“Just to have someone there to turn to is really helpful.”

Looking for places to turn for help? Call the BC Mental Health Support Line (no area code needed): 310-6789; it’s free and available 24 hours a day. The Suicide Hotline is available if you are in distress or worried about someone else; it is free and available 24 hours a day: 1-800-784-2433.

For more news from Vancouver Island and beyond delivered daily into your inbox, please click here.



photos@comoxvalleyrecord.com

Like us on Facebook and follow us on Twitter

Get local stories you won't find anywhere else right to your inbox.
Sign up here

Just Posted

Fraser Health issued an overdose alert on Jan. 21, 2021 after an increase in overdoses over the past week in Chilliwack associated with a “greeny-blue/turquoise down substance.” (Paul Henderson/ Chilliwack Progress file)
Fraser Health issues drug overdose alert in Chilliwack

Alert comes after increase in overdoses associated with ‘greeny-blue/turquoise down substance’

ds
Mission potbellied-pig sanctuary mourns death of beloved old hog named Roscoe

14-year-old, 800-pound pig was ‘quite a character,’ said owner Janice Gillett

Vancouver/Fraser Valley CoSA holds a webinar on Jan. 26 titled Staying Safe Online.
‘Staying Safe Online’ is subject of Fraser Valley webinar

Session on Tuesday, Jan. 26 is hosted by non-profit Circles of Support and Accountability

Competitors make their way through the course at the 2019 Canadian Cross Country Championships, which was hosted by Abbotsford in 2019. (File photo)
Abbotsford to host 2023 Canadian Cross Country Championships

Clearbrook Park last hosted the event in 2019, Ottawa hosting 2021 and 2022 races

A door is boarded up following a fire at Pho Xuan restaurant on Yale Road on Friday, Jan. 22, 2021. (Jenna Hauck/ Chilliwack Progress)
UPDATE: Early morning fire at vacant Chilliwack restaurant was deliberately set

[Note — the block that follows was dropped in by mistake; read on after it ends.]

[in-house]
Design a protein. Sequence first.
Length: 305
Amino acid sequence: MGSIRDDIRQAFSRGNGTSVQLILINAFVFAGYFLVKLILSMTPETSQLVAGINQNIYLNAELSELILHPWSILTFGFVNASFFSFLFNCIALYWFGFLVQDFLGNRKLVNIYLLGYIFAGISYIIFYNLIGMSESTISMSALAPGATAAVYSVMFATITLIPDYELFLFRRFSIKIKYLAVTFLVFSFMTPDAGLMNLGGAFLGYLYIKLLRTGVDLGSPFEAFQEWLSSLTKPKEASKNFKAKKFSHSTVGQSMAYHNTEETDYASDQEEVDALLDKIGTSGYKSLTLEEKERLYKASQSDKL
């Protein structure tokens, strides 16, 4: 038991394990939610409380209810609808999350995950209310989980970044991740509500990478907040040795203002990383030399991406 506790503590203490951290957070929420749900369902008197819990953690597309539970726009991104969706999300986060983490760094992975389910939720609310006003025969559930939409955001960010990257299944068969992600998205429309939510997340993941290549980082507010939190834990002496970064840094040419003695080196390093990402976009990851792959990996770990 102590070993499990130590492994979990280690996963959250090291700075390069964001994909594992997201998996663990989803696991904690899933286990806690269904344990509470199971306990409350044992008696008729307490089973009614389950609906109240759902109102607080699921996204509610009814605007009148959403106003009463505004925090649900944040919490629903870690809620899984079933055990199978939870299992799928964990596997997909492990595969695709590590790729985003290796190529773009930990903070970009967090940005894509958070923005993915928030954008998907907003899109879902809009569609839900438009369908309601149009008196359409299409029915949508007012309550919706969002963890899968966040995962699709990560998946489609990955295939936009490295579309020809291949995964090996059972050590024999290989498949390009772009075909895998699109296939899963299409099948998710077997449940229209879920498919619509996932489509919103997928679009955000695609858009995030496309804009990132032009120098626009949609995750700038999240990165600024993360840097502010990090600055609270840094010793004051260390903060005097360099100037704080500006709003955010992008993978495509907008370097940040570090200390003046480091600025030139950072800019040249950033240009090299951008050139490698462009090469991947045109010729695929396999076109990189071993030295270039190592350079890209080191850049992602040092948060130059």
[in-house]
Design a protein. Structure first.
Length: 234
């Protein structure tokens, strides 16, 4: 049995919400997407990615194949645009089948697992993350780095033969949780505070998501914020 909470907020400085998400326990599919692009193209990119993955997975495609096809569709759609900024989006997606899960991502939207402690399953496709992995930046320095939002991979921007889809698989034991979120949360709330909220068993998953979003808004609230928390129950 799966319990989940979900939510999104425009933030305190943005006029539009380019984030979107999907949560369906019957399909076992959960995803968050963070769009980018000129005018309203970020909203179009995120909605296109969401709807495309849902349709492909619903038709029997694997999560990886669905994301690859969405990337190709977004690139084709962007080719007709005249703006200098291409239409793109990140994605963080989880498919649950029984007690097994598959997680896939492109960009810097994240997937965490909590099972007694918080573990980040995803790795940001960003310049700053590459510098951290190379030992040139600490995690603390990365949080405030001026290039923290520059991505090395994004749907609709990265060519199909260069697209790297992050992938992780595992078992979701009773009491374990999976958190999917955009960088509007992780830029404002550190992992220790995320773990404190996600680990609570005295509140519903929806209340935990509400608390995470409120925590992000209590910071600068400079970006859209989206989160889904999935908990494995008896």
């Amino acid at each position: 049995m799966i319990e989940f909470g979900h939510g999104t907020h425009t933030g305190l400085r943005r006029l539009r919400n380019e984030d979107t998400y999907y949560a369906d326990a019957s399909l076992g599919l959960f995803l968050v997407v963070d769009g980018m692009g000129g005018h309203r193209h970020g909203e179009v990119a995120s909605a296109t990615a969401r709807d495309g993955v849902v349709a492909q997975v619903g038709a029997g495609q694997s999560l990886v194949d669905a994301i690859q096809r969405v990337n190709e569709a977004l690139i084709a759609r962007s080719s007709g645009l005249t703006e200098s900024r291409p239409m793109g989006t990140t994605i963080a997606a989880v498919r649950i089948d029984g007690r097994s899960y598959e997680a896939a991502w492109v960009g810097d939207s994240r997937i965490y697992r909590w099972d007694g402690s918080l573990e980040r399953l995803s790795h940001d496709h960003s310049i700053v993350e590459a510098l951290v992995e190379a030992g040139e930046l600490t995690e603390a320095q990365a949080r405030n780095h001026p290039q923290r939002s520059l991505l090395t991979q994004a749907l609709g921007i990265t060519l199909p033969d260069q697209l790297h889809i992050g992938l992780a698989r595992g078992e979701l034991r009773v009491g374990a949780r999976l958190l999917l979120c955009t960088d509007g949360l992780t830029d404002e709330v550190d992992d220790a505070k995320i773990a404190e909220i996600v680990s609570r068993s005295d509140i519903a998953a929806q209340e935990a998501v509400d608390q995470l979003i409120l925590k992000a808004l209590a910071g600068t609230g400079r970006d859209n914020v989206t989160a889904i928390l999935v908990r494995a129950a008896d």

Fire erupted north of the Yale Road overpass at Pho Xuan, which was permanently closed

Toronto Public Health nurse Lalaine Agarin sets up for mass vaccination clinic in Toronto, Jan. 17, 2021. B.C. is set to to begin its large-scale immunization program for the general public starting in April. THE CANADIAN PRESS/Frank Gunn
B.C.’s COVID-19 mass vaccinations expected to start in April

Clinics to immunize four million people by September

Chief Public Health Officer Theresa Tam speaks during a daily briefing in Ottawa. (THE CANADIAN PRESS/Adrian Wyld)
31 cases of COVID-19 variants detected in Canada: Health officials

Dr. Theresa Tam made announces 13 more variant COVID-19 cases in Canada

Daily COVID-19 cases reported to each B.C. health region, to Jan. 20, 2021. Island Health in blue, Northern Health green, Interior Health orange, Vancouver Coastal in red and Fraser Health in purple. (B.C. Centre for Disease Control)
B.C.’s COVID-19 infection rate stays stable with 508 cases Friday

Vaccine delivered to more than 110,000 high-risk people

The District of Saanich’s communications team decided to take part in a viral trend on Thursday and photoshopped U.S. Senator Bernie Sanders into a staff meeting photo. (District of Saanich/Twitter)
Bernie Sanders makes guest appearance municipal staff meeting in B.C.

Vancouver Island firefighters jump on viral trend of photoshopped U.S. senator

School District 57 headquarters in Prince George. (Mark Nielsen, Local Journalism Initiative Reporter)
Prince George school district settles with sexual abuse victim

Terms were part of an out-of-court settlement reached with Michael Bruneau, nearly four years after he filed a lawsuit

Surrey provincial court. (File photo: Tom Zytaruk)
New COVID-19 protocols set for provincial courthouses

The new rules were issued on Jan. 21, and took effect immediately

Police in Vancouver looking for male suspect who allegedly spat and attacked a store manager for not wearing a mask, at 7-Eleven near Alma Street and West 10th Avenue just before noon on Dec. 17, 2020. (Vancouver police handout)
VIDEO: Man spits on 7-Eleven manager over mask rule, sparking Vancouver police probe

‘Unfortunately, the store manager sustained a cut to his head during the assault’

Cannabis bought in British Columbia (Ashley Wadhwani/Black Press Media)
Is it time to start thinking about greener ways to package cannabis?

Packaging suppliers are still figuring eco-friendly and affordable packaging options that fit the mandates of Cannabis Regulations

The Vancouver-based SAR team successfully rescued two lost snowshoers off of the west side of Tim Jones Peak in the early morning of Monday, Jan. 19. (North Shore Rescue photo)
B.C.’s busiest SAR team raises alarm after 2021 begins with fatality, multiple rescues

‘People beyond ski resort areas of Seymour, Grouse, and Cypress go without cell reception,’ SAR warns

Most Read